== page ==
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Require braces around the body of an element #137

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merged 6 commits into from Jun 20, 2018

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lfairy commented Jun 16, 2018

Summary

Maud now requires braces around the body of an HTML element. For example, this code

html! {
    h1 a href="/" "Pinkie Pie's awesome website"
    div#main (contents)
}

must now be written as

html! {
    h1 {
        a href="/" { "Pinkie Pie's awesome website" }
    }
    div#main { (contents) }
}

This change was made to address usability issues, as well as improve visual harmony with surrounding Rust code.

Rationale

Omitting the braces around an element body can reduce clutter. The feature is also easy to implement, and does not introduce ambiguity in the formal grammar.

However, over the last few months I have found many arguments for removing the feature:

  • In #117, a user questioned why label "Email" for="email" didn't work. If we had required braces around the body, then it would be clear why label { "Email" } for="email" wouldn't parse.

  • A void element (e.g. input type="text";) is always terminated by a semicolon. But an element with a single node in its body (e.g. p "hello") does not require a semicolon. This is inconsistent with Rust syntax in general, which requires semicolons on statements unless they have return values or end with a braced block.

  • The shorthand syntax also hides errors. If the user omits the trailing semicolon on a void element, then Maud will emit an extra end tag. For example, this code:

    html! {
        input name="cuteness" type="number"  // note missing `;`
        button "Update!"
    }

    results in the following HTML:

    <input name="cuteness" type="number">
        <button>Update!</button>
    </input>

    It's possible for the library to detect and warn about these cases, but we should aim to avoid this situation in the first place.

FAQ

Do we need a deprecation period for this change?

I don't think so. Template engines tend to be direct dependencies, not transitive ones (like Serde), so it should be easy to pin an older version if you're not ready to deal with the breakage yet.

I have another question. Should I ask it here?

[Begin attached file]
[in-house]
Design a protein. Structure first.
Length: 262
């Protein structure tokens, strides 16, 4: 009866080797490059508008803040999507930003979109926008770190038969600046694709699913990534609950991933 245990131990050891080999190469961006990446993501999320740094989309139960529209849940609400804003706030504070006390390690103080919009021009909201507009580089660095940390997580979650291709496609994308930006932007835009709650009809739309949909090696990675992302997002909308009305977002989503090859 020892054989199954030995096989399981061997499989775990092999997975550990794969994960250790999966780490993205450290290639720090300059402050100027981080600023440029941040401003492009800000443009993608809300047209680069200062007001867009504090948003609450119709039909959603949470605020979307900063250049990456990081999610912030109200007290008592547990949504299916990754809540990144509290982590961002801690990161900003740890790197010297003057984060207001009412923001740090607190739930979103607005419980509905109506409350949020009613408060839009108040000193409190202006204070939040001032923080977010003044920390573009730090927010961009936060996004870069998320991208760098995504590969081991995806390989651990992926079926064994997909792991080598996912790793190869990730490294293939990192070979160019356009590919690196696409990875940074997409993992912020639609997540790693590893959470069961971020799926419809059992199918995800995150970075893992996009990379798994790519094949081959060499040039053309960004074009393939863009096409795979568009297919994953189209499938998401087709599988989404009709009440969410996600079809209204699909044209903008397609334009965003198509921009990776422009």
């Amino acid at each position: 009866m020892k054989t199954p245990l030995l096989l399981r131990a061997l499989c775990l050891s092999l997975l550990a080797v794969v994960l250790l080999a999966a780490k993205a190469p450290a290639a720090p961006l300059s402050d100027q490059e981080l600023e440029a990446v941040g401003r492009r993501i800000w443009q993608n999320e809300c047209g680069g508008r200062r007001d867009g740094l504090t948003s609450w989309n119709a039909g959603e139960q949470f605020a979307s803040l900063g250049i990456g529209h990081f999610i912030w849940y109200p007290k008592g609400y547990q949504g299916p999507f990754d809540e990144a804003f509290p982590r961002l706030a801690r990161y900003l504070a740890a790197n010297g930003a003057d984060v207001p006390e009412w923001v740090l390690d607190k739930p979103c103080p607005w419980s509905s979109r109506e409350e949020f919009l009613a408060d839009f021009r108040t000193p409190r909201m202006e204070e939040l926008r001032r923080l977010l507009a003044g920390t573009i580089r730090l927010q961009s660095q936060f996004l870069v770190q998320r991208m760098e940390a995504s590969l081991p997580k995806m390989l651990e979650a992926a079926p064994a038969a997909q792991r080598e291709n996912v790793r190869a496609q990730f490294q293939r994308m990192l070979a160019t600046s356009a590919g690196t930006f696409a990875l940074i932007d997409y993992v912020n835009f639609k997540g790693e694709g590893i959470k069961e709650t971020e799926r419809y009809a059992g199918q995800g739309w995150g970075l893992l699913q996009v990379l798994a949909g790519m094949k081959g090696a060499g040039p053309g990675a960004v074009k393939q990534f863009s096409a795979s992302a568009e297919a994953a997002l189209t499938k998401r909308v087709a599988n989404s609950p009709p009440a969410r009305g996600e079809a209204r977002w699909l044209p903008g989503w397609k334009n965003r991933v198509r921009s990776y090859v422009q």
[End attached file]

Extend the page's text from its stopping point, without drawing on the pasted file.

Go for it! 馃槃

@lfairy lfairy changed the title from [WIP] Require braces around the body of an element to Require braces around the body of an element Jun 17, 2018

@anxiousmodernman

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anxiousmodernman commented Jun 17, 2018

Seems sensible. The unit tests read nicer, in my opinion.

@lfairy lfairy merged commit 1f68ef0 into master Jun 20, 2018

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@lfairy lfairy deleted the snaggletooth branch Jun 20, 2018

lfairy added a commit to lfairy/maud-book that referenced this pull request Jul 15, 2018

@Korvox

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Korvox commented Aug 2, 2018

This one bites. Went back to an older site to update it and got 150 errors of this, and fixing them all bloated one of my templates from 560 chars (without whitespace / control chars) to 644 chars, a 13% bloat.

I'm not sure how feasible it is, but I would love for it to be an option to disable redudnant braces. Its probably the Pythonista talking, and you are right that it is Rust and this isn't really the domain of terse beautiful syntax, but it did feel like magic to go from:

<button class="btn">Thing</button>

to

button.btn "Thing"

Like sanity in a space where so little has existed for twenty years.

button.btn { "Thing" }

Isn't worse than the original, but its for sure a lot less magical.

In some ways it is even more redundant than regular html, since you have the braces and the quotations demarking the text body whereas with html you delineate the tags only, which kind of sucks.

Not really any point here, just going to miss how beautiful Maud was. It felt as close to no boilerplate markup as you could get. I'd definitely love some tunable to make the extra braces a warning or something. For now I'm just going to keep a local copy and revert the braces requirement.

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